‘I am an egg’ – reflections on being fragile

Six weeks ago I held an egg for 20 minutes.

I didn’t think it would have such as profound an effect on me as it did.

This activity was not quite as weird as it sounds. I was at a ‘quiet day’ and the egg holding exercise was suggested to me by my spiritual director.

(Okay, I agree… there are a number of concepts in that last sentence that will still sound pretty weird to some readers readers but for the sake of brevity put these down to ‘weird vicar activity’ although anyone can have a quiet day or a spiritual director).

Anyway, back to the egg. It wasn’t any old egg. It was an incredibly beautiful painted blown egg, very precious to my spiritual director. So precious that no one else in her household ever handled it.

egg1

And she told me to hold it!

In fact, she told me to carry it around with me all day. I couldn’t quite manage that. It was too scary. I knew how much she loved this beautiful object and I could not face the thought of admitting to her that I’d broken it at the end of the day.

Here are the thoughts I wrote at up at the time:

It would be nothing, this eggshell, worthless and long ago thrown away in the refuse, were it not for it’s beauty. The care, time and love poured over it by the designer and creator who selected it, prepared it and painted it.

It has no goodness in or of itself. It is incredibly fragile and if it were to be carried through the course of an ordinary day it must be gently held and protected or it would almost certainly get damaged, knocked or even crushed.

It is not a robust or strong thing in itself.  It is very likely to ‘crack up’ under pressure.

There is only one thing it can do (and it does that very well). It can rest in a protected place and reflect the creativity of its creator and the care of the one who carries it and protects it.

It can simply be, it cannot do anything, it must allow itself to be held, displayed – it speaks silently only by its presence.

 

That was then and this is now, six weeks later.

During the last six weeks, I have often remembered the egg and reminded myself that I am that egg. I am not as strong or robust or even as useful as I’d like to think I am. I have also reminded myself that in order to survive I need to remember I am carried and surrounded by God’s protection and love.

At the time of the egg exercise I was feeling very pressured: ‘everyone wants little pieces of me’ I had moaned to my spiritual director.

That reflection on my fragility sunk in slowly over the next few weeks and bore much fruit.

I came to preach on the story of the feeding of the 5,000 and thought about how the little boy gave away (most likely) his WHOLE lunch, (just as I am asked to give away my WHOLE self but sometimes I resent this): ‘What if God can multiply everything I give away?’ I wondered (and later challenged my congregation). Wouldn’t I then feel quite differently about giving away my time, my money or my energy? What if every little act of faithfulness, every gesture of love, every word of forgiveness, every little bit of joy and thankfulness and peace was multiplied and amplified by my creator and spread out in ripples that went on and on.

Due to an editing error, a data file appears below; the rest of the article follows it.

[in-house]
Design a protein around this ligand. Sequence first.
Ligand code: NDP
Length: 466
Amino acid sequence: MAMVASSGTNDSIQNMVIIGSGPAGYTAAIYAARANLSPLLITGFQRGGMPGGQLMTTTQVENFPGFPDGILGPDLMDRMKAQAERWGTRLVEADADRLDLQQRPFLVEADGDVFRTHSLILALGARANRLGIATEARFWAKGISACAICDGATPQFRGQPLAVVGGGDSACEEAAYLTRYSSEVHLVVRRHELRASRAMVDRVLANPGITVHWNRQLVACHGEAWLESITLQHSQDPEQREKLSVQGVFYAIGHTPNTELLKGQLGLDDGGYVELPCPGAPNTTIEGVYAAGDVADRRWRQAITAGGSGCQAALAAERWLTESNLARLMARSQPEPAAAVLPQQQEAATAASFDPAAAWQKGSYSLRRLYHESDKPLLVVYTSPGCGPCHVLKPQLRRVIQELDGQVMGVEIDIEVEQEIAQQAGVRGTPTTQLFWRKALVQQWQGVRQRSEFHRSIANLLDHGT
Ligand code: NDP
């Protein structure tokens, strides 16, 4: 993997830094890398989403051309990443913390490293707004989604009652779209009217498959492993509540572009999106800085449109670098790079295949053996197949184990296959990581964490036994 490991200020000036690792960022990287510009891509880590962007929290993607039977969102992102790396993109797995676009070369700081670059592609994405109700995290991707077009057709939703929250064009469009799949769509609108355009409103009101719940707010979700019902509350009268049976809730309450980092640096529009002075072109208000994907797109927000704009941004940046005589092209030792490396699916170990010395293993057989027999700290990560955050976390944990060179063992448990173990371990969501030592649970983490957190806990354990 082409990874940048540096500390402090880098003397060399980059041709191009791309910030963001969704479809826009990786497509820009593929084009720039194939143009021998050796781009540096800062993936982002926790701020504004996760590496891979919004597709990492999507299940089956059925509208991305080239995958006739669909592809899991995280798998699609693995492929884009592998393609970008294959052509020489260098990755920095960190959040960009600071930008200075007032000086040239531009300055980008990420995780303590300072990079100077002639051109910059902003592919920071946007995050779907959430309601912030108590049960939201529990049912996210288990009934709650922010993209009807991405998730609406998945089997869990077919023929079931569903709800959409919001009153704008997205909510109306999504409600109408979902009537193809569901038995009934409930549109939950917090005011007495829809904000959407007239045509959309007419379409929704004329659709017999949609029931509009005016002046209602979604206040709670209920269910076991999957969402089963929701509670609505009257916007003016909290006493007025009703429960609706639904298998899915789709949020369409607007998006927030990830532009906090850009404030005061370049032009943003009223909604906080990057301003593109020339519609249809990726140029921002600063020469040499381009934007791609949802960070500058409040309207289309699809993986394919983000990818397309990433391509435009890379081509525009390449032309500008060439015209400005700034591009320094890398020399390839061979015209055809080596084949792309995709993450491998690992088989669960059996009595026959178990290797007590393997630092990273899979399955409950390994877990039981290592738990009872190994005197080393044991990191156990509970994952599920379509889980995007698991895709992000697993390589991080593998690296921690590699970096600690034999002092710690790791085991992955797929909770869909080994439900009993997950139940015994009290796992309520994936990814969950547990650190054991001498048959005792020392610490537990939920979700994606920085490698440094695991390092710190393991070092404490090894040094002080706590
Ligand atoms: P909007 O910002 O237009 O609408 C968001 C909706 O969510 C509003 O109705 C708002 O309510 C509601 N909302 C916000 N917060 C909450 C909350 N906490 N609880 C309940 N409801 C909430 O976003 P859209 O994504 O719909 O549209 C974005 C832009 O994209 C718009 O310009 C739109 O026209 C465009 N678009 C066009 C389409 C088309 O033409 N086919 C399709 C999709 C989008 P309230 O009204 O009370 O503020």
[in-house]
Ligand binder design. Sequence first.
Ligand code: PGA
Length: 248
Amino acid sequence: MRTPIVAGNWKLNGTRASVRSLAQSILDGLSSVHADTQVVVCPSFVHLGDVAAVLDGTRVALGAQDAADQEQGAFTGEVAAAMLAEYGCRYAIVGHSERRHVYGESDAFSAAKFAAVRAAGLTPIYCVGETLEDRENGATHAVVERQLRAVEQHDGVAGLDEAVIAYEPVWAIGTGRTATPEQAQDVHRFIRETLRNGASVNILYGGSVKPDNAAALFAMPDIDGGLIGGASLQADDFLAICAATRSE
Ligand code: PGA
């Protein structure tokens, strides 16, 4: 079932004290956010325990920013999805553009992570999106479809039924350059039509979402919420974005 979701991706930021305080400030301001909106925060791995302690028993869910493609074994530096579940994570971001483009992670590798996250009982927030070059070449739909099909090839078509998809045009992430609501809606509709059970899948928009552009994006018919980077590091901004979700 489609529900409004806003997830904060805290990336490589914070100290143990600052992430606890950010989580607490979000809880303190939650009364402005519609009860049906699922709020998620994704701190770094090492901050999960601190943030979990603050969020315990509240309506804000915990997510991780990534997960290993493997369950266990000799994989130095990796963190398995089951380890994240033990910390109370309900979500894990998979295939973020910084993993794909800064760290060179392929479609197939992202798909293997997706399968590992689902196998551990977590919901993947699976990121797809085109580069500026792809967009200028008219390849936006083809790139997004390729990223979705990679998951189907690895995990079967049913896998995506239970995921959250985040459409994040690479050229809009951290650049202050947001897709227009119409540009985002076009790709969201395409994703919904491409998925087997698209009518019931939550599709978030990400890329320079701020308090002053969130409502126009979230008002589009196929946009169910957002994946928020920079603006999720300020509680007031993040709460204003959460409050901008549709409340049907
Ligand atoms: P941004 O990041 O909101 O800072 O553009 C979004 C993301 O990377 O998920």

At the time I had seen myself like this

egg2

 

But why had I drawn the arrows in that direction?

Because of the ‘everyone wants a piece of me’ feeling.  Ordinary things felt exhausting and threatening and the cumulative effect was of feeling attacked or hedged in, even though no one was actually being aggressive. The sheer weight of demands just felt like being ‘stoned to death by marbles’.

Wouldn’t it be just as legitimate to draw the arrows the other way round?

egg3

And what would that image express? It would say something about being able to respond out of a safe place and knowing that having given my whole self into God’s care first of all, he would know how to then distribute me and also that from me could come not just a response but an amplification of the love, peace and security in which I was held.

Same situation: seen completely differently: complete transformation.

Shortly after my ordination one of our Bishop’s sent me a bookmark I keep in my bible, I think it is a quote from Gregory of somewhere (sorry, someone who reads this will tell me no doubt)

When you have become God’s in the measure he wants, he himself will know how to bestow you on others. Unless he prefer for thy greater advantage to keep thee all to himself”

So today, whatever you are doing: remember you are an egg. Perhaps also remember that everyone around is equally egg-like: fragile and beautiful in equal measure.

 

 

 

One thought on “‘I am an egg’ – reflections on being fragile

Add yours

  1. Dear Sheila – this is really helpful and echoes what I was feeling my way towards in my prayer this morning, as I woke up tired after two long days.

    Thank you!

    Kate

    Sent from Windows Mail

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